PS2 – The article in The Economist is available here, just in case you want to check it out, and John’s letter is available here; if the links do not work for you, you should hopefully be able to access the article through your search engine.

Trying a Different Type of District Conference: Does It Work?

by Quentin Wodon

For the past four years, I have conducted evaluations of our district 7620 conferences using surveys administered through the web. This year our conference was different. It was shorter than previous conferences and cheaper to attend. It included on the first day several opportunities to participate in community service projects with local NGOs. It had substantially higher attendance (425 registrations) than previous conferences. It focused largely on fun and fellowship, with only a few sessions on Rotary matters. And it involved multiple locations with transportation provided from one location to the other. Because the conference was located in an area with several Rotary clubs nearby, many participants were also able to attend without having to book a hotel night.

Did the new format of the conference work? A total of 155 participants responded to the evaluation survey, which makes the results reliable. Overall, the conference was clearly a success. As shown in Figure 1, almost half of participants rated the conference as better than previous conferences. This is slightly below the result for last year at 60 percent, but still impressive given that for the previous two years (2012 and 2013) most respondents rated the conferences on par with previous conferences. We are getting better at organizing these events!

One Pager District Conference 2015_Page_1

Figure 2 provides data on satisfaction rates with the facilities and various aspects of the conference. The number of respondents for each question and ratings are provided. The ratings look good with most respondents rating most aspects of the conference as very good or good. Fewer responses are provided for hotel rooms because as mentioned many participants did not need to book a room, which is a good thing to keep costs down. The organization of the conference and the opportunities for fellowship were well rated. The categories on learning about Rotary and meeting with the district leadership were less well rated, probably in part because few sessions at the conference focused on Rotary business and training, but even in past conferences, these ratings have not been high either. Importantly, the cost of the conference was much better rated than in previous years – the conference was affordable!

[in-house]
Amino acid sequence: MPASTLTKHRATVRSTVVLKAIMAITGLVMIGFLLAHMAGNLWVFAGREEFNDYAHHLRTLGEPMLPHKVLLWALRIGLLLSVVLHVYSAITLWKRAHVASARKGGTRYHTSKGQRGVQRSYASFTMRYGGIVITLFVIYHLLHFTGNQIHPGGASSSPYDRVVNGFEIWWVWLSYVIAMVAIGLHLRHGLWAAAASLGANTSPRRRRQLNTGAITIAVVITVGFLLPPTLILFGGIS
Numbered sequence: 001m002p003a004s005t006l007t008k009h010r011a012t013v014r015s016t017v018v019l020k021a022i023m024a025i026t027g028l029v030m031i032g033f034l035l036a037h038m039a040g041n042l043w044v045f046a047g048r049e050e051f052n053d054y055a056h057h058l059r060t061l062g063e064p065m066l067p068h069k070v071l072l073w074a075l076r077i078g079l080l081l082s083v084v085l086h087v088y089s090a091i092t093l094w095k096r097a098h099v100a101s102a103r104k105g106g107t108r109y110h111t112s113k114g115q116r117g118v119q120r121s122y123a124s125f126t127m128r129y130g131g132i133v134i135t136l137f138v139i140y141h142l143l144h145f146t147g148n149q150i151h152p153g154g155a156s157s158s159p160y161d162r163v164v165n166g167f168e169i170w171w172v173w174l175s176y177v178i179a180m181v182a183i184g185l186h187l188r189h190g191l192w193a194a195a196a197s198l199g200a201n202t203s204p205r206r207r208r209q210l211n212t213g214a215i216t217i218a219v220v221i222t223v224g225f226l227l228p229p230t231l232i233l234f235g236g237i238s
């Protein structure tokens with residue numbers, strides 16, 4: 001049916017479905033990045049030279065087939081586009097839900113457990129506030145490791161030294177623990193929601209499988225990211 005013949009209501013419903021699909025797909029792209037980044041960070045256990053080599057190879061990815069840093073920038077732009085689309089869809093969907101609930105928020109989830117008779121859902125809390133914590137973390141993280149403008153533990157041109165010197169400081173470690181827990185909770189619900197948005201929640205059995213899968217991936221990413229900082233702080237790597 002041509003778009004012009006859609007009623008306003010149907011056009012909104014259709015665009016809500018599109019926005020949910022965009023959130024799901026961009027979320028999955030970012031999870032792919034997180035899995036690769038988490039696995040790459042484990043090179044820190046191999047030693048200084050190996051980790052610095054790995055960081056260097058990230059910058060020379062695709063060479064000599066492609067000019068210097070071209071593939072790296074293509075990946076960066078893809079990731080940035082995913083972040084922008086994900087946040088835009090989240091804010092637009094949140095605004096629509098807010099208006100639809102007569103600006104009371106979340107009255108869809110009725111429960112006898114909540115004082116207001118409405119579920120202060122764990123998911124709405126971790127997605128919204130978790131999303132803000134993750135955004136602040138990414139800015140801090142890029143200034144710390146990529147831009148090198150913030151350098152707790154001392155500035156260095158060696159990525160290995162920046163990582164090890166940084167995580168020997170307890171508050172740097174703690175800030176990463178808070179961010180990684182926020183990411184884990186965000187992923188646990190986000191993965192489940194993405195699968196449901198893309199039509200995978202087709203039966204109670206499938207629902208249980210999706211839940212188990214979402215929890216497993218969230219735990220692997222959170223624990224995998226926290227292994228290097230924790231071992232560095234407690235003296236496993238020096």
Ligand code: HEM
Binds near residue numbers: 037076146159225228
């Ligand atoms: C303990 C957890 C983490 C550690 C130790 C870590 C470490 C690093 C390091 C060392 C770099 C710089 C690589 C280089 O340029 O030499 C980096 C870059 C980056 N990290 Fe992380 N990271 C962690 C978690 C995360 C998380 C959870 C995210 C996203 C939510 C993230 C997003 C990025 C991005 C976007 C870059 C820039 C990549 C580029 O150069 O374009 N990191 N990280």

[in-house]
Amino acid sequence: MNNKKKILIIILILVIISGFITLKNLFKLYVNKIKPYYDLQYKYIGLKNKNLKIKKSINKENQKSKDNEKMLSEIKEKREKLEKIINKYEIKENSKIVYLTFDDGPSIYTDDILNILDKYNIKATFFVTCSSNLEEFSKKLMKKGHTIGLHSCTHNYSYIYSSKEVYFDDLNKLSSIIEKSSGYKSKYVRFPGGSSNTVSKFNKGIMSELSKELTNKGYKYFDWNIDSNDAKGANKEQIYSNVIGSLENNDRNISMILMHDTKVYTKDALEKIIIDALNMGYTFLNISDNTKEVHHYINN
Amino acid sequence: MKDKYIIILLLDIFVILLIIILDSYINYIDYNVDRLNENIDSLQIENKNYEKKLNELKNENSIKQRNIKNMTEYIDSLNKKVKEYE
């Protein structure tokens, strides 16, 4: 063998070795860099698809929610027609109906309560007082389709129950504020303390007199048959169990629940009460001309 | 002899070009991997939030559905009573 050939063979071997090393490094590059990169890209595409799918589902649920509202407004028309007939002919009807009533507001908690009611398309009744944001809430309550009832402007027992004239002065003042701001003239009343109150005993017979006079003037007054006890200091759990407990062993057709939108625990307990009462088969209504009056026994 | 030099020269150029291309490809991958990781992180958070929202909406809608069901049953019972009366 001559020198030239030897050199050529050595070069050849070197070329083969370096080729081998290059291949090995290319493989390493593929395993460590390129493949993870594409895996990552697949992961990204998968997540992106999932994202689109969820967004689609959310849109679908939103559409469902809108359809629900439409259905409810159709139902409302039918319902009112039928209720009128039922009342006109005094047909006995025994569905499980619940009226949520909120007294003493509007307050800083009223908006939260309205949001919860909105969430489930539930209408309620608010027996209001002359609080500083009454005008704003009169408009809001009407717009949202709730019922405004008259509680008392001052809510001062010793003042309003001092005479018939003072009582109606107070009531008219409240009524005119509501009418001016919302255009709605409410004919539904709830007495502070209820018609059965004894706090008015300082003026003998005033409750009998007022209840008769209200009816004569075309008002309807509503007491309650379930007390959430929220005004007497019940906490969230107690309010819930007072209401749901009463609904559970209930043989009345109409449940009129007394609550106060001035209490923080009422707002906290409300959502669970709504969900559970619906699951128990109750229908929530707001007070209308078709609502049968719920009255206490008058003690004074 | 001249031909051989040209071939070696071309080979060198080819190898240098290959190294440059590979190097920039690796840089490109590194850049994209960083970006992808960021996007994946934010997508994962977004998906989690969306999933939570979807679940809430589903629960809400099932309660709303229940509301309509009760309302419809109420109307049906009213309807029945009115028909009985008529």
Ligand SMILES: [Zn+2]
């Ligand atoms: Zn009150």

One Pager District Conference 2015_Page_2

Some 25 different sessions were individually rated with at least nine respondents per session (this is a minimum number of respondents to ensure some reliability in the assessment). Six of the 25 sessions got 75 percent or more “very good” ratings: two of the service project sessions, the high school 4-way speech contest, the Interact session, the Saturday evening dinner with Dean Rohrs as speaker, and the subsequent Rock Tenor music performance. In other words, service projects, interactions with youth, and the Saturday capstone events stole the show in terms of approval ratings. Another nine sessions got between 60 percent and 75 percent “very good” ratings.